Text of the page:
“Constant vigilance!”

― J.K. Rowling, Harry Potter and the Goblet of Fire

Last week I happened upon a link to an “anti-Common Core” post on someone’s Facebook wall. Embedded in the post was a video of a young girl executing a math problem using a TERC/Investigations method for solving a simple addition problem. Videos like these have been around for some time – but recently they (and other absurdities) are beginning to surface in response to the upcoming Common Core implementation. I’ve been meaning to blog on this topic for some time, from a parental point-of-view, but like many topics in education it is a multilayered and complex topic not easily distilled into a 500 word post. So I was particularly pleased to find someone had the good sense to write a (much longer) post on this very topic (“5 Things Every Parent Needs to Know About The Common Core“) which I hope will dispel some of the myths and misconceptions flying around about it.

The Common Core **is not** a construct of the Obama administration.

The Common Core **is not** an effort to overtake a state’s authority to educate its citizens.

The Common Core **is not** a national curriculum.

The Common Core is an effort to instill reading and math standards across our education system. If your school administration tells you that gifted education has been discontinued “because of Common Core,” or that the number of tests each year has risen “because of Common Core,” or your child must learn the lattice method for multiple digit multiplication “because of Common Core,” they are being less than honest. To the last point the issue is the difference between standards and curriculum. An example of a standard:

- CCSS.Math.Content.2.MD.A.1 Measure the length of an object by selecting and using appropriate tools such as rulers, yardsticks, meter sticks, and measuring tapes.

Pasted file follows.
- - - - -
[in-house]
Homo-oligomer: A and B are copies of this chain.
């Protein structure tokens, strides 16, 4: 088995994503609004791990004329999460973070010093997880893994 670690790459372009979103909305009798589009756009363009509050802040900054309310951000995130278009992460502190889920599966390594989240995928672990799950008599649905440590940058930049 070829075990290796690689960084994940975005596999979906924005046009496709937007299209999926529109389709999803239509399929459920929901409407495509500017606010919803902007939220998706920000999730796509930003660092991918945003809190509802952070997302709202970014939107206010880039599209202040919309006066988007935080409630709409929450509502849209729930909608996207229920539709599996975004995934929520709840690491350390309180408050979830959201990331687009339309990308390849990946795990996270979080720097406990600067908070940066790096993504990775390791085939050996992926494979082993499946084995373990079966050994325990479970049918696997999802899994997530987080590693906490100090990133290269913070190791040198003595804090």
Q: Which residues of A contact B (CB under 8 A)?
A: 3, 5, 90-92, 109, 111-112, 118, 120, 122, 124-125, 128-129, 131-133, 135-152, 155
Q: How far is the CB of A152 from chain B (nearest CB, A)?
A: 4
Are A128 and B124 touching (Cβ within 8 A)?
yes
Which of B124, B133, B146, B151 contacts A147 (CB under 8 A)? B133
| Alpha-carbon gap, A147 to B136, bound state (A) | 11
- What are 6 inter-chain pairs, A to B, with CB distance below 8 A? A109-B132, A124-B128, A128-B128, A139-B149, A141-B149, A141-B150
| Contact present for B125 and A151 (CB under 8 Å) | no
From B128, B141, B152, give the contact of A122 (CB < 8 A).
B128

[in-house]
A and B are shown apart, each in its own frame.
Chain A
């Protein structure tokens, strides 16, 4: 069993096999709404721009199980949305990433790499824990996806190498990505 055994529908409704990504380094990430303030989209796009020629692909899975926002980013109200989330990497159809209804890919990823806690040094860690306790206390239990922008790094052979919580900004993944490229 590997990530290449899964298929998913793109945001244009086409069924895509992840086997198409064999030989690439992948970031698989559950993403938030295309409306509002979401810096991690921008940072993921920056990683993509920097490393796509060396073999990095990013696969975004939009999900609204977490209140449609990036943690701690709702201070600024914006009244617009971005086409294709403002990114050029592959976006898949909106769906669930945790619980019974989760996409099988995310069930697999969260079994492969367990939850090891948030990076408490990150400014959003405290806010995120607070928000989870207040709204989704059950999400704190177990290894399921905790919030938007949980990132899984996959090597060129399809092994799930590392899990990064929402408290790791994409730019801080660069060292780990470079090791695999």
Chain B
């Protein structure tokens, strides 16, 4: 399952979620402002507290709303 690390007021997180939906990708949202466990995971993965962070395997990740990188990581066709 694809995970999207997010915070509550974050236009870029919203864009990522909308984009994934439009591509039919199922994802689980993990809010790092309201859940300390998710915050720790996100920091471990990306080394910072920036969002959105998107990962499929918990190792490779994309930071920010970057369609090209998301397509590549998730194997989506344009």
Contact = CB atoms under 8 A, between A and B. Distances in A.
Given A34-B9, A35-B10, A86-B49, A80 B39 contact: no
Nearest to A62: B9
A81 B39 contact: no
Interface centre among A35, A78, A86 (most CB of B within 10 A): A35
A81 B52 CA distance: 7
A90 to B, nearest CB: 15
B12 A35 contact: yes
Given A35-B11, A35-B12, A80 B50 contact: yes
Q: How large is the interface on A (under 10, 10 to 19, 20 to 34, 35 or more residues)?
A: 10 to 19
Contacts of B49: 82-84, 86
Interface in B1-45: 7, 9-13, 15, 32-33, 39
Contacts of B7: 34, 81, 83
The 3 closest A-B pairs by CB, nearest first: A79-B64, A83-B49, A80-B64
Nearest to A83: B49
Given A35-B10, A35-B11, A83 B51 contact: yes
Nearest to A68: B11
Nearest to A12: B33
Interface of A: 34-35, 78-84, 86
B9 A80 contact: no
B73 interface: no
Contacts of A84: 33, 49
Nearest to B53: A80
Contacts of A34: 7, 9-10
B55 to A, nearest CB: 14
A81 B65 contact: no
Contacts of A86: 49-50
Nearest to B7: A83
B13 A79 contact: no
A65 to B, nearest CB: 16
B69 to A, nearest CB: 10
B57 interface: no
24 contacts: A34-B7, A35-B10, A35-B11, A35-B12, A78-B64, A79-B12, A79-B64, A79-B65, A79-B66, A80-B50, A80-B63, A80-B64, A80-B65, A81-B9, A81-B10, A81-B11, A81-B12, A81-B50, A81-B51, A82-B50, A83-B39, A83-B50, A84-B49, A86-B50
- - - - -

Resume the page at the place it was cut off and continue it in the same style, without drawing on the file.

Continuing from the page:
Now if your school district elects to use a curriculum that teaches this standard in some ridiculous way, that is not the fault of the standard. That is the fault of the curriculum. On an increase in the number of tests? Ideally the Common Core will replace state level tests by 2014-15 school year.

If our nation is to become competitive in the world economy we will have to focus our resources on improving achievement in reading and math. You can call it anything you’d like – but without a common set of standards, and some way to assess the effectiveness of the curriculum teaching those standards, how can we possibly begin to compete (or even align) with the rest of the world for college and career readiness?

We can’t. Some schools strive to prepare their students in the best possible way to be successful in college and careers – hopefully yours is one of them. Some schools will do just what they need to do to get to the next school year and maintain a meaningless state level rating, all the time decrying the imposition of any national standards in reading and math. Whichever school it may be, maintaining “constant vigilance” is key to understanding valid arguments for and against the Common Core – and any other education reform measures.